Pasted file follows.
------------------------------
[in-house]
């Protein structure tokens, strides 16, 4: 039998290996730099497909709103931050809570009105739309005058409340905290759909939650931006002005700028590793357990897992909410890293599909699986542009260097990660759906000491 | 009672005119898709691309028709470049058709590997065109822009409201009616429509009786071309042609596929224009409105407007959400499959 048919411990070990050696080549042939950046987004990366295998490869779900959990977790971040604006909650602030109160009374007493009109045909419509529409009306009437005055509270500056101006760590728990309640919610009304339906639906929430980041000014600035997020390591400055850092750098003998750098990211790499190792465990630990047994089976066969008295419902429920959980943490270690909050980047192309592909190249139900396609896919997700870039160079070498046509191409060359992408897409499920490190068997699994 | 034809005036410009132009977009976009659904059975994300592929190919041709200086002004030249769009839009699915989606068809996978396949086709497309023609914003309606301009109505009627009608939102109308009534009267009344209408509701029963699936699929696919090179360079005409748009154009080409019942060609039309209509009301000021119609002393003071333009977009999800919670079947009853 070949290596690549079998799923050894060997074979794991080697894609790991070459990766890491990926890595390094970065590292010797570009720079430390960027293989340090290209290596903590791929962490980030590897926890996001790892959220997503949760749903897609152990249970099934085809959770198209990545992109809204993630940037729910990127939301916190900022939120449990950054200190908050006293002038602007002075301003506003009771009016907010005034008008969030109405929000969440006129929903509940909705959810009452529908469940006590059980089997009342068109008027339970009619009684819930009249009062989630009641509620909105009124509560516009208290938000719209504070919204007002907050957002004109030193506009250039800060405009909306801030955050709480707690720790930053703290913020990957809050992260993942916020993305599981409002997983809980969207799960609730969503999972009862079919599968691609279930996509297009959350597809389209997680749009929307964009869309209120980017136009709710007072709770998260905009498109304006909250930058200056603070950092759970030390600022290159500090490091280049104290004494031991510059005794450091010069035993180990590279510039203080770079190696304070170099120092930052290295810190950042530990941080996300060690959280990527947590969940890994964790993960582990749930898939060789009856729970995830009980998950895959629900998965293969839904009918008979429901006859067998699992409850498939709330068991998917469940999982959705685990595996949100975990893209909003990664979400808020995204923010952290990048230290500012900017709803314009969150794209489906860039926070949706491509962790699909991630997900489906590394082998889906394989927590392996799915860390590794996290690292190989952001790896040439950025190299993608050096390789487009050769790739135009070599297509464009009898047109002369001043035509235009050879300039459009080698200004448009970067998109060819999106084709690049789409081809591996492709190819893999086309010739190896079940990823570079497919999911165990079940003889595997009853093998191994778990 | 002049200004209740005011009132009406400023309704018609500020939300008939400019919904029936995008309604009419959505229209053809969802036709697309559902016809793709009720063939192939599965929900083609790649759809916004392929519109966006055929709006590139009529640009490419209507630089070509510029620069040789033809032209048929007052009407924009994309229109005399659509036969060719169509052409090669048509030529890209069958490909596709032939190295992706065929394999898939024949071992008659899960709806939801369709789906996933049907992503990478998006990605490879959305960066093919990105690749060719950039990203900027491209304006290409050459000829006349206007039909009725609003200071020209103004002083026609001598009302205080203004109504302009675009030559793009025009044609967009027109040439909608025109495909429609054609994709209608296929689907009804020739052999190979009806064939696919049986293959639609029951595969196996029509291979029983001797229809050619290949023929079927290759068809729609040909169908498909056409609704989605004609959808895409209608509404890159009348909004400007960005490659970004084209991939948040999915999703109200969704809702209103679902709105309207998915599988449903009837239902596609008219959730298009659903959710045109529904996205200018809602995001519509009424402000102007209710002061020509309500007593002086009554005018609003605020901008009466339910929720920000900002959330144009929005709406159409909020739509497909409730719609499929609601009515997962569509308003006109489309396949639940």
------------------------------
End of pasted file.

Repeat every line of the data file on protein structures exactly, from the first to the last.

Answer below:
[in-house]
């Protein structure tokens, strides 16, 4: 039998290996730099497909709103931050809570009105739309005058409340905290759909939650931006002005700028590793357990897992909410890293599909699986542009260097990660759906000491 | 009672005119898709691309028709470049058709590997065109822009409201009616429509009786071309042609596929224009409105407007959400499959 048919411990070990050696080549042939950046987004990366295998490869779900959990977790971040604006909650602030109160009374007493009109045909419509529409009306009437005055509270500056101006760590728990309640919610009304339906639906929430980041000014600035997020390591400055850092750098003998750098990211790499190792465990630990047994089976066969008295419902429920959980943490270690909050980047192309592909190249139900396609896919997700870039160079070498046509191409060359992408897409499920490190068997699994 | 034809005036410009132009977009976009659904059975994300592929190919041709200086002004030249769009839009699915989606068809996978396949086709497309023609914003309606301009109505009627009608939102109308009534009267009344209408509701029963699936699929696919090179360079005409748009154009080409019942060609039309209509009301000021119609002393003071333009977009999800919670079947009853 070949290596690549079998799923050894060997074979794991080697894609790991070459990766890491990926890595390094970065590292010797570009720079430390960027293989340090290209290596903590791929962490980030590897926890996001790892959220997503949760749903897609152990249970099934085809959770198209990545992109809204993630940037729910990127939301916190900022939120449990950054200190908050006293002038602007002075301003506003009771009016907010005034008008969030109405929000969440006129929903509940909705959810009452529908469940006590059980089997009342068109008027339970009619009684819930009249009062989630009641509620909105009124509560516009208290938000719209504070919204007002907050957002004109030193506009250039800060405009909306801030955050709480707690720790930053703290913020990957809050992260993942916020993305599981409002997983809980969207799960609730969503999972009862079919599968691609279930996509297009959350597809389209997680749009929307964009869309209120980017136009709710007072709770998260905009498109304006909250930058200056603070950092759970030390600022290159500090490091280049104290004494031991510059005794450091010069035993180990590279510039203080770079190696304070170099120092930052290295810190950042530990941080996300060690959280990527947590969940890994964790993960582990749930898939060789009856729970995830009980998950895959629900998965293969839904009918008979429901006859067998699992409850498939709330068991998917469940999982959705685990595996949100975990893209909003990664979400808020995204923010952290990048230290500012900017709803314009969150794209489906860039926070949706491509962790699909991630997900489906590394082998889906394989927590392996799915860390590794996290690292190989952001790896040439950025190299993608050096390789487009050769790739135009070599297509464009009898047109002369001043035509235009050879300039459009080698200004448009970067998109060819999106084709690049789409081809591996492709190819893999086309010739190896079940990823570079497919999911165990079940003889595997009853093998191994778990 | 002049200004209740005011009132009406400023309704018609500020939300008939400019919904029936995008309604009419959505229209053809969802036709697309559902016809793709009720063939192939599965929900083609790649759809916004392929519109966006055929709006590139009529640009490419209507630089070509510029620069040789033809032209048929007052009407924009994309229109005399659509036969060719169509052409090669048509030529890209069958490909596709032939190295992706065929394999898939024949071992008659899960709806939801369709789906996933049907992503990478998006990605490879959305960066093919990105690749060719950039990203900027491209304006290409050459000829006349206007039909009725609003200071020209103004002083026609001598009302205080203004109504302009675009030559793009025009044609967009027109040439909608025109495909429609054609994709209608296929689907009804020739052999190979009806064939696919049986293959639609029951595969196996029509291979029983001797229809050619290949023929079927290759068809729609040909169908498909056409609704989605004609959808895409209608509404890159009348909004400007960005490659970004084209991939948040999915999703109200969704809702209103679902709105309207998915599988449903009837239902596609008219959730298009659903959710045109529904996205200018809602995001519509009424402000102007209710002061020509309500007593002086009554005018609003605020901008009466339910929720920000900002959330144009929005709406159409909020739509497909409730719609499929609601009515997962569509308003006109489309396949639940």